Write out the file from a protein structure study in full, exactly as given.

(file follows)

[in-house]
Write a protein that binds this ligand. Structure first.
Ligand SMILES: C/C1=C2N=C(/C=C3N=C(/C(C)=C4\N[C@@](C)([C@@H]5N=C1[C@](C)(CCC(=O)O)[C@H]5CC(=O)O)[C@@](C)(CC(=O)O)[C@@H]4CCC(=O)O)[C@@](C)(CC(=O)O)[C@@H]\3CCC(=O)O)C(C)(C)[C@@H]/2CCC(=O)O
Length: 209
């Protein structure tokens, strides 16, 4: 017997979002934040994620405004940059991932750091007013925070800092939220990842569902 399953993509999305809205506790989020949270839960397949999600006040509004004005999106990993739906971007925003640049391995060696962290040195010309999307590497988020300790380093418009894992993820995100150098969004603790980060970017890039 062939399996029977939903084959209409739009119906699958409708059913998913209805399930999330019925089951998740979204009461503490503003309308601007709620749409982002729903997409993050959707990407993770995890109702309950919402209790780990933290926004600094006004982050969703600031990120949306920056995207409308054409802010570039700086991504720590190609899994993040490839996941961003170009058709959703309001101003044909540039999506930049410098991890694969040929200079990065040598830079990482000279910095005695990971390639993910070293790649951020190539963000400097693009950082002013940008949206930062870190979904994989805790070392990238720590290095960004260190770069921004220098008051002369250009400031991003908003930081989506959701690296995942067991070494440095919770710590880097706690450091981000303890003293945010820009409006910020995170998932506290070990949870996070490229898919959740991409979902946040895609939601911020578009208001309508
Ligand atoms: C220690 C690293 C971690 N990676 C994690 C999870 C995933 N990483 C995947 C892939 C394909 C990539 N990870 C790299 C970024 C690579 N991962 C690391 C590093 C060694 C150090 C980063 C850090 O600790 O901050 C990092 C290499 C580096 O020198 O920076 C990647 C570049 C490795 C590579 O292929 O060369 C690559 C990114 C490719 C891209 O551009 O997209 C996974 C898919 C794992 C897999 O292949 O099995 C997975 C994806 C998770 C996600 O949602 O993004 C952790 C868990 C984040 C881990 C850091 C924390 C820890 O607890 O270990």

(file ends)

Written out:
[in-house]
Write a protein that binds this ligand. Structure first.
Ligand SMILES: C/C1=C2N=C(/C=C3N=C(/C(C)=C4\N[C@@](C)([C@@H]5N=C1[C@](C)(CCC(=O)O)[C@H]5CC(=O)O)[C@@](C)(CC(=O)O)[C@@H]4CCC(=O)O)[C@@](C)(CC(=O)O)[C@@H]\3CCC(=O)O)C(C)(C)[C@@H]/2CCC(=O)O
Length: 209
């Protein structure tokens, strides 16, 4: 017997979002934040994620405004940059991932750091007013925070800092939220990842569902 399953993509999305809205506790989020949270839960397949999600006040509004004005999106990993739906971007925003640049391995060696962290040195010309999307590497988020300790380093418009894992993820995100150098969004603790980060970017890039 062939399996029977939903084959209409739009119906699958409708059913998913209805399930999330019925089951998740979204009461503490503003309308601007709620749409982002729903997409993050959707990407993770995890109702309950919402209790780990933290926004600094006004982050969703600031990120949306920056995207409308054409802010570039700086991504720590190609899994993040490839996941961003170009058709959703309001101003044909540039999506930049410098991890694969040929200079990065040598830079990482000279910095005695990971390639993910070293790649951020190539963000400097693009950082002013940008949206930062870190979904994989805790070392990238720590290095960004260190770069921004220098008051002369250009400031991003908003930081989506959701690296995942067991070494440095919770710590880097706690450091981000303890003293945010820009409006910020995170998932506290070990949870996070490229898919959740991409979902946040895609939601911020578009208001309508
Ligand atoms: C220690 C690293 C971690 N990676 C994690 C999870 C995933 N990483 C995947 C892939 C394909 C990539 N990870 C790299 C970024 C690579 N991962 C690391 C590093 C060694 C150090 C980063 C850090 O600790 O901050 C990092 C290499 C580096 O020198 O920076 C990647 C570049 C490795 C590579 O292929 O060369 C690559 C990114 C490719 C891209 O551009 O997209 C996974 C898919 C794992 C897999 O292949 O099995 C997975 C994806 C998770 C996600 O949602 O993004 C952790 C868990 C984040 C881990 C850091 C924390 C820890 O607890 O270990």